Tips for a Natural Hospital Birth

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Disclaimer: Listen, I know birthing methods often get hotly debated in mommyland, and I feel the need to make my position about birth clear. I don’t care how you birth your children. Honestly, I don’t really care how I birth my own children. Mine and David’s whole goal has been and always will be to get the baby here safely. We will go into birth with a preferential method and we will do what is necessary from there to ensure a healthy baby. So if that means a natural birth, great; if it means getting an epidural, super; if it means having a c-section, bring it. So never will you EVER get a judgmental look from me when it comes to birth because it is all about personal preference and individual circumstances. Hell, I wouldn’t be here today if it weren’t for c-sections, so why would I be snooty when it comes to giving birth? Keep yourself and your baby safe, the rest is in the details that you won’t remember anyway.

Since I’ve posted George’s birth story, I’ve had several people ask me for tips on having a successful natural birth in a hospital. Now, while I am certainly no expert, and I’ve only done this thing once (who know what will happen with the next ones?), I did learn particular lessons during the experience and I’ve assembled some tips for a natural hospital birth that I hope will be helpful to at least one poor soul. Dave and I desired a natural birth because we believe giving birth without medication and intervention is the best option for mom and baby in most cases. We wanted to be in the hospital in case the previous statement did not hold true in our instance (which was a small reality for us). The following tips were vital part of my positive birthing experience:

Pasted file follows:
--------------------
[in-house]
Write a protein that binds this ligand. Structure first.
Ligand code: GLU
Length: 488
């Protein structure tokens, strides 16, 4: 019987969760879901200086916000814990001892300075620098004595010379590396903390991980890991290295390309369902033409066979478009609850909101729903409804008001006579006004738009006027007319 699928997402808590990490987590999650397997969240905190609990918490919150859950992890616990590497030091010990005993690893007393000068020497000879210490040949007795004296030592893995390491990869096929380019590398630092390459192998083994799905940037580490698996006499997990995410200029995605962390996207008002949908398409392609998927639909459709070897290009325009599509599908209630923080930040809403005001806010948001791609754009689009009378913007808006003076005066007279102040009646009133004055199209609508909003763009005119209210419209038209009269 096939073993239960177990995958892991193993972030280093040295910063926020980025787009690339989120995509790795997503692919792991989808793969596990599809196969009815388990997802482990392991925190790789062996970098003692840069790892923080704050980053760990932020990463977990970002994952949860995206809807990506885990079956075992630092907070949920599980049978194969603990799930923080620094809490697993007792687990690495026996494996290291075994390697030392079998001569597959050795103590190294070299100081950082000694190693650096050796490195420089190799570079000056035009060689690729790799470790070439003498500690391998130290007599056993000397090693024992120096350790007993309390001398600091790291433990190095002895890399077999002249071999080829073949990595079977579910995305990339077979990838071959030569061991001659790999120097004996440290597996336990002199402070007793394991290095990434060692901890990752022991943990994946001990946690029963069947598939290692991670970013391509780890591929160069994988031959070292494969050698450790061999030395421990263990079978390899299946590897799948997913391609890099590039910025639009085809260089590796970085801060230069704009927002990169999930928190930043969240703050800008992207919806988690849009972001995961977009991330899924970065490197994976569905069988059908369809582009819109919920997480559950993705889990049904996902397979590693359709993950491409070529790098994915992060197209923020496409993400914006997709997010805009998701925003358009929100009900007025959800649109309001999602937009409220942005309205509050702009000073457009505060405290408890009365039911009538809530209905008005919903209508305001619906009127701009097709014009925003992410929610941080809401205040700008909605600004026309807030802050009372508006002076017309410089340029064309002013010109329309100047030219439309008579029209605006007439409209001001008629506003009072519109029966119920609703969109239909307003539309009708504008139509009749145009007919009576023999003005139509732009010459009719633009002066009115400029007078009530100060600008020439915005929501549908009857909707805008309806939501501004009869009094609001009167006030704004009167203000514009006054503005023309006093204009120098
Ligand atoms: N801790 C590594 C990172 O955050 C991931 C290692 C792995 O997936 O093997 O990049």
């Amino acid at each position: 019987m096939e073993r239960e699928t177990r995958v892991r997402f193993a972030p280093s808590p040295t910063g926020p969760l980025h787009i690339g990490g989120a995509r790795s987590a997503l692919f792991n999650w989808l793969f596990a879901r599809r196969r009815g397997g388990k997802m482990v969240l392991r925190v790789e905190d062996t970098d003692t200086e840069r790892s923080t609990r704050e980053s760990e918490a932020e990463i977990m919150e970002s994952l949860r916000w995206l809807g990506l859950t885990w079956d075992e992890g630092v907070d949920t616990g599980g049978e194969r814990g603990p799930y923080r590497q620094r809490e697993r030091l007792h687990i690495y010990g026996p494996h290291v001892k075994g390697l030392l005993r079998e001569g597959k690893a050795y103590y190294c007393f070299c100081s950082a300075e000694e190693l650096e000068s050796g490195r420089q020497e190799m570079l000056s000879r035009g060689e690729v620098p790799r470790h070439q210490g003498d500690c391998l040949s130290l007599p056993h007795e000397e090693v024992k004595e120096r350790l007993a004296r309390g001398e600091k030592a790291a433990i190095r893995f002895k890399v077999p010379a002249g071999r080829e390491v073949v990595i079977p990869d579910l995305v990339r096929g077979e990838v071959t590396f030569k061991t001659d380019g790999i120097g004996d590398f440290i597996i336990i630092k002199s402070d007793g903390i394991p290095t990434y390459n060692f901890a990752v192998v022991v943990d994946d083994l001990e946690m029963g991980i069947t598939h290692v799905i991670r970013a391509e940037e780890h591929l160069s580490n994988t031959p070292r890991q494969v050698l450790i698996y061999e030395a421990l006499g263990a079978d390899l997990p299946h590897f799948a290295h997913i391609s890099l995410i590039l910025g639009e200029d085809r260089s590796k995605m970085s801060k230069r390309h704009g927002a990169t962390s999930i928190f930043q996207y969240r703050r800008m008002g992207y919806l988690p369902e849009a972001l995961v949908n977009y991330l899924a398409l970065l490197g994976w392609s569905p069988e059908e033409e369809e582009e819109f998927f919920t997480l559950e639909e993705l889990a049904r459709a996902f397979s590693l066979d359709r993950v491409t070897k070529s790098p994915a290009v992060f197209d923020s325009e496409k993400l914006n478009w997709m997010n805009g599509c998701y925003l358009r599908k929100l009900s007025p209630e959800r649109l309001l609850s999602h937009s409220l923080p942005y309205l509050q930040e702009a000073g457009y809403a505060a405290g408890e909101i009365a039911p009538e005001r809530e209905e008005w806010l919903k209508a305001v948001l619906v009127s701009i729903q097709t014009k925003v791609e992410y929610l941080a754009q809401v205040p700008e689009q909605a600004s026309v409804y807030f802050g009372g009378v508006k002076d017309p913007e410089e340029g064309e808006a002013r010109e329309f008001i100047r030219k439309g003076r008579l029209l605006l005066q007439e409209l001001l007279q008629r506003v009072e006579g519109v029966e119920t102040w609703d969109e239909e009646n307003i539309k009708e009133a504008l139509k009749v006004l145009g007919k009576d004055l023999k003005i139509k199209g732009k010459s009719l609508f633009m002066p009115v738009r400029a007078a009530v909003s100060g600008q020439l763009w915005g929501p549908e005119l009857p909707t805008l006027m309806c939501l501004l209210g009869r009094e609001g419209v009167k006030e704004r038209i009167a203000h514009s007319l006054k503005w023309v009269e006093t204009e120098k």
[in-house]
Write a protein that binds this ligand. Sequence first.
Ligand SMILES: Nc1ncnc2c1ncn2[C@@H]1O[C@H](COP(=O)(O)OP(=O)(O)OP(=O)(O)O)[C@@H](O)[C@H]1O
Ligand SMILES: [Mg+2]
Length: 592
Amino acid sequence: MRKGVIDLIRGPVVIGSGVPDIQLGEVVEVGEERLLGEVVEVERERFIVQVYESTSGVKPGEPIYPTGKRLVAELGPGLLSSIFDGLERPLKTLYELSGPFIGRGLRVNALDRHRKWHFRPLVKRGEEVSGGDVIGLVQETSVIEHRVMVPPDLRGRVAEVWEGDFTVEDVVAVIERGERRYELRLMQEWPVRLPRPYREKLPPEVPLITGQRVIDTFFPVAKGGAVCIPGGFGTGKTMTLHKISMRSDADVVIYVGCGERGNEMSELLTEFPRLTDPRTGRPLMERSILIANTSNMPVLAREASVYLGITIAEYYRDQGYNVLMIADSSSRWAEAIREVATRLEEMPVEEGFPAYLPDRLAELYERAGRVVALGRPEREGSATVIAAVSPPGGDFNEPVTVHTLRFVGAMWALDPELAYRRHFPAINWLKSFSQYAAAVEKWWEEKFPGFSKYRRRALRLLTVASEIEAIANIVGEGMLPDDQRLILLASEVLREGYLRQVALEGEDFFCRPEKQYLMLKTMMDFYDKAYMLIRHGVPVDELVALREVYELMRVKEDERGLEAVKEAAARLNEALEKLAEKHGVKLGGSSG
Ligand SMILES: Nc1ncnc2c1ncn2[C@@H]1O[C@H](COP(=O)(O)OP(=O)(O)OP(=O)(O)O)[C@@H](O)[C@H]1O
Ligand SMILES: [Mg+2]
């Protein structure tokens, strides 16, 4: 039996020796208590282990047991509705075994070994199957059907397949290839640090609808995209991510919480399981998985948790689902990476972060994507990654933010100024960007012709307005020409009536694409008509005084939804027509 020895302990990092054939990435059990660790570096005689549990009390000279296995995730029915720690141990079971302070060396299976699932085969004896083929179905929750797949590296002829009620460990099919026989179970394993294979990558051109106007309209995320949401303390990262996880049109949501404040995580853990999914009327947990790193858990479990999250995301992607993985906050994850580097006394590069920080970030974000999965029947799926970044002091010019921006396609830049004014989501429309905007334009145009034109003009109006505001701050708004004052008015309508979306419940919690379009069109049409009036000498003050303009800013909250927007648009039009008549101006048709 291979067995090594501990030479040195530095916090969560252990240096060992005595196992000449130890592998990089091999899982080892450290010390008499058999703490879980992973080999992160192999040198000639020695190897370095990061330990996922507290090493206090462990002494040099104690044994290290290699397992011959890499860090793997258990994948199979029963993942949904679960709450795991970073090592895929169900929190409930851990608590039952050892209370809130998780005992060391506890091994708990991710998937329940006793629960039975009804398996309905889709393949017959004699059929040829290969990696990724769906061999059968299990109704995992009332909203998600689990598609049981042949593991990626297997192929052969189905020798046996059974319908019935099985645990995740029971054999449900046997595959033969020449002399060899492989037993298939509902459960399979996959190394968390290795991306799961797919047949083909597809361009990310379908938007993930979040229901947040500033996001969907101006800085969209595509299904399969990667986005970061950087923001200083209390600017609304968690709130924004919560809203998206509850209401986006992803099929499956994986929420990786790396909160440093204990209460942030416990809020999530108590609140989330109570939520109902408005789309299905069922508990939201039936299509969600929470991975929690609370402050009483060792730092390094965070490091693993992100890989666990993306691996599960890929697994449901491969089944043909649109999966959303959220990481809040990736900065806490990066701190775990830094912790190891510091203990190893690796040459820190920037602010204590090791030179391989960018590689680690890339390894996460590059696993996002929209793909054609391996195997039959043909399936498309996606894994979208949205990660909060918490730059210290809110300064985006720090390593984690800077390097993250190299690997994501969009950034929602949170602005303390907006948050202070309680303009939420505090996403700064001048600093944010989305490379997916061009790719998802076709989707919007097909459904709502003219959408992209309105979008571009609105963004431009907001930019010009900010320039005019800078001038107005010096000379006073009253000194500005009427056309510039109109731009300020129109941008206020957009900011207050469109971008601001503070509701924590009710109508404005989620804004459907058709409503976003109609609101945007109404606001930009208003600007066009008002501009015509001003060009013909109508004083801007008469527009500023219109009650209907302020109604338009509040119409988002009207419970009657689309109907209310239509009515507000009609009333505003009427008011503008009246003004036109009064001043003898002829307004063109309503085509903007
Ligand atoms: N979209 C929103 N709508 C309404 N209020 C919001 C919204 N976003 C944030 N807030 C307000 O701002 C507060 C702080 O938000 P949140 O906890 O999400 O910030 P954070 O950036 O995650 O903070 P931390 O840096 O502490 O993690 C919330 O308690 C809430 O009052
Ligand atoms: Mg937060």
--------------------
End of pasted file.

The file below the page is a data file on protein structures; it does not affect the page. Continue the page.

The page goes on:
Tips for Natural Hospital Birth

1. Assemble a strong team // During labor, surround yourself with people who you feel comfortable around and who will encourage you in the kind of birth you want. Many women love having a doula assist at birth. Some women love having their entire extended family in the room to cheer them on. Others, as in my case, prefer it to be more intimate and just have their husbands in the room. To prep for labor, Dave and I did a lot of reading. We found Dr. Bradley’s books and methods the most helpful and used his techniques throughout the labor. We also had really incredible nurses who actively participated in the labor. As corny as it sounds, we prayed for good nurses during the course of the entire pregnancy. As a nurse, Dave knows that a nurse can make or break one’s hospital stay, and we were hoping for positive nurses who would be supportive of our effort for a natural birth. God certainly blessed us.